06/06/2001 12:00AM

Owner makes case for Dr Greenfield

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ELMONT, N.Y. - Everybody recalls that Go and Go came from Ireland to upset the Belmont Stakes of 1990 at more than 7-1. Somewhat less celebrated but perhaps as significant was the second-place finish in the Belmont of 1992 of My Memoirs, who came from England and was beaten less than a length at 18-1 by A.P. Indy.

My Memoirs raced for Team Valor, a syndication organization that made a splash in the classics of 1997 with Captain Bodgit. Team Valor is back for Saturday's 133rd Belmont Stakes with Dr Greenfield, who flew here from England Tuesday on a mission: win the Belmont.

The American response to this challenge has been low key. Though he comes here off a string of three consecutive victories, Dr Greenfield, a muscular chestnut son of Dr Devious, was dismissed at 30-1 on the Belmont's morning line.

"That could be a mistake," said Team Valor's Barry Irwin. "We think he has a good chance to win the Belmont. His last start was the Dee Stakes at Chester going a mile and a quarter last month. The colt who was second, Grandera, just finished a close third in the French Derby. That's good form."

Irwin notes that in missing the demanding Kentucky Derby and Preakness, Dr Greenfield is one of the fresher Belmont candidates.

"Woody Stephens showed everybody how to do it," he said. "He pointed most of his five Belmont winners specifically for that race. They weren't the best horse in every case but they had some speed and stamina and they got the job done. We have no concerns about Dr Greenfield getting the trip. In his first race this season, going a mile and five-sixteenths at Kempton, he won by five lengths."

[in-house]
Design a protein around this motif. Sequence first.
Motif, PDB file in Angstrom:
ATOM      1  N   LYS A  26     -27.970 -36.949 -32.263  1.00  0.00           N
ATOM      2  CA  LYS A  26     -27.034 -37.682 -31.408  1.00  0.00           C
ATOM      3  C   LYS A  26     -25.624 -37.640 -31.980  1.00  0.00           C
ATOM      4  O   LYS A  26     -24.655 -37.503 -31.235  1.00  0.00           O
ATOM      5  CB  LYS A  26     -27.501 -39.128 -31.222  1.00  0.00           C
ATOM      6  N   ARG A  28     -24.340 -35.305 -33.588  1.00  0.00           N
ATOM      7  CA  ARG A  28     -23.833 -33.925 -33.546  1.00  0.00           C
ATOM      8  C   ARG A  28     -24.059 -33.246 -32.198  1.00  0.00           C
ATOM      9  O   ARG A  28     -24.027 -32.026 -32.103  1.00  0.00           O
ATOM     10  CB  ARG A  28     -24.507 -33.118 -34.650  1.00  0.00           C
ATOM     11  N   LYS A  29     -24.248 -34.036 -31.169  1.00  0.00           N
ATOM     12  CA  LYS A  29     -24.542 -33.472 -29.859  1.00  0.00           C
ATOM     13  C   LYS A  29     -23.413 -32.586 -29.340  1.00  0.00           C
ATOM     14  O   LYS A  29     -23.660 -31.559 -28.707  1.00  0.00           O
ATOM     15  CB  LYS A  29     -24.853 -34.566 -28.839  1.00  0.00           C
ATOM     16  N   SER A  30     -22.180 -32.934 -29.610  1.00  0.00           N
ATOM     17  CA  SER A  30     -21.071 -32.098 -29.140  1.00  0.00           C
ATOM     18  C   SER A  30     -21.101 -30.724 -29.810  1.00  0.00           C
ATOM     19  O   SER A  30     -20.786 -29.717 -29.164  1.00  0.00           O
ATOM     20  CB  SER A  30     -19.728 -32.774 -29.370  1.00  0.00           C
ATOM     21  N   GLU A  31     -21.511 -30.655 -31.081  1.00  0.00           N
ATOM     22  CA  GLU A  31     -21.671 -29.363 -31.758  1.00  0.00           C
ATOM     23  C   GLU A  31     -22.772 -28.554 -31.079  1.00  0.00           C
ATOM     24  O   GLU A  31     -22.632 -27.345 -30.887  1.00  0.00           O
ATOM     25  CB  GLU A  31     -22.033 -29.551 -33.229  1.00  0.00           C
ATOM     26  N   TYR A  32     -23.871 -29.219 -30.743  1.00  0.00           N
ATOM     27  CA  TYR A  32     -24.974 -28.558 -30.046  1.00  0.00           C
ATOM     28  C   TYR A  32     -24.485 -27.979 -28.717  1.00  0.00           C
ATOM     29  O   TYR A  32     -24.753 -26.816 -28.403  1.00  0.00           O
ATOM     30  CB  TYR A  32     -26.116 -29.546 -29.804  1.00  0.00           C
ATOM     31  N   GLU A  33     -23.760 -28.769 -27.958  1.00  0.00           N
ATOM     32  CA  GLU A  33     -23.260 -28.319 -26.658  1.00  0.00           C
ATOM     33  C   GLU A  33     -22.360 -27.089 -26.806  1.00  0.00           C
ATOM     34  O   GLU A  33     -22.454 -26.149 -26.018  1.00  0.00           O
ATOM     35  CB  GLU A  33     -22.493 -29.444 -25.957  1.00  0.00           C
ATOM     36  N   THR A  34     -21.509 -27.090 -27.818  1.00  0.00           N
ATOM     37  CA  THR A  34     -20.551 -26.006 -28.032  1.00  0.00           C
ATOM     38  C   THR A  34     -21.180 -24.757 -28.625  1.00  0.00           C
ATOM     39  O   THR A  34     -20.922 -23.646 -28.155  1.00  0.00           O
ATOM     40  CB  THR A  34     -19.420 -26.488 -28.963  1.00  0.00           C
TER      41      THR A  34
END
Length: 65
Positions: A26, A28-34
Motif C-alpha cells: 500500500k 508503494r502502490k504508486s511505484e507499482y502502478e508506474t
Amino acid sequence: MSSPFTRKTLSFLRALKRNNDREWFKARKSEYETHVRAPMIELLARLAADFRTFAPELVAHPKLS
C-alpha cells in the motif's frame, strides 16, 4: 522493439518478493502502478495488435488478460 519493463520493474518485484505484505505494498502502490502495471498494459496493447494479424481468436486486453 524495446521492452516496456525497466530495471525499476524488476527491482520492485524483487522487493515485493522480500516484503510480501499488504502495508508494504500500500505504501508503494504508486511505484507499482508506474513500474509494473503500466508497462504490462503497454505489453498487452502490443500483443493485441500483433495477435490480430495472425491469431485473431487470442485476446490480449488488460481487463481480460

Dr Greenfield is owned by a group of 18, organized by Team Valor. Last December, Irwin was contacted by trainer Gerard Butler, who offered a 2-year-old who had recently won his maiden in arresting fashion on the all-weather course at Lingfield. He won by seven lengths, despite having dwelt at the start. Irwin studied a video tape, flew to inspect the prospect, and signed to buy him. Butler proposed a start in Dubai for the UAE Derby, but Irwin wanted a prep race, the Dee Stakes, and then a trip to America for the Belmont.

Dr Greenfield, who will have the good services of Edgar Prado, is to remain in the United States after the Belmont and be trained by Bill Mott. Irwin speculates that he will be campaigned primarily on the dirt. As a son of an Epsom Derby winner, he also has considerable potential as a stallion.

"He is a relentless galloper," Irwin said. "He gives the impression of being able to stay any distance. Pace could be a factor, although he won in England even without pace."

Dr Greenfield's presence adds to the appeal of the Belmont, which may draw a crowd of 60,000 or more. Add to this 17 of the 18 owners of Dr Greenfield, plus friends and relatives. One of the owners has a previous engagement; an invitation to dinner at the White House.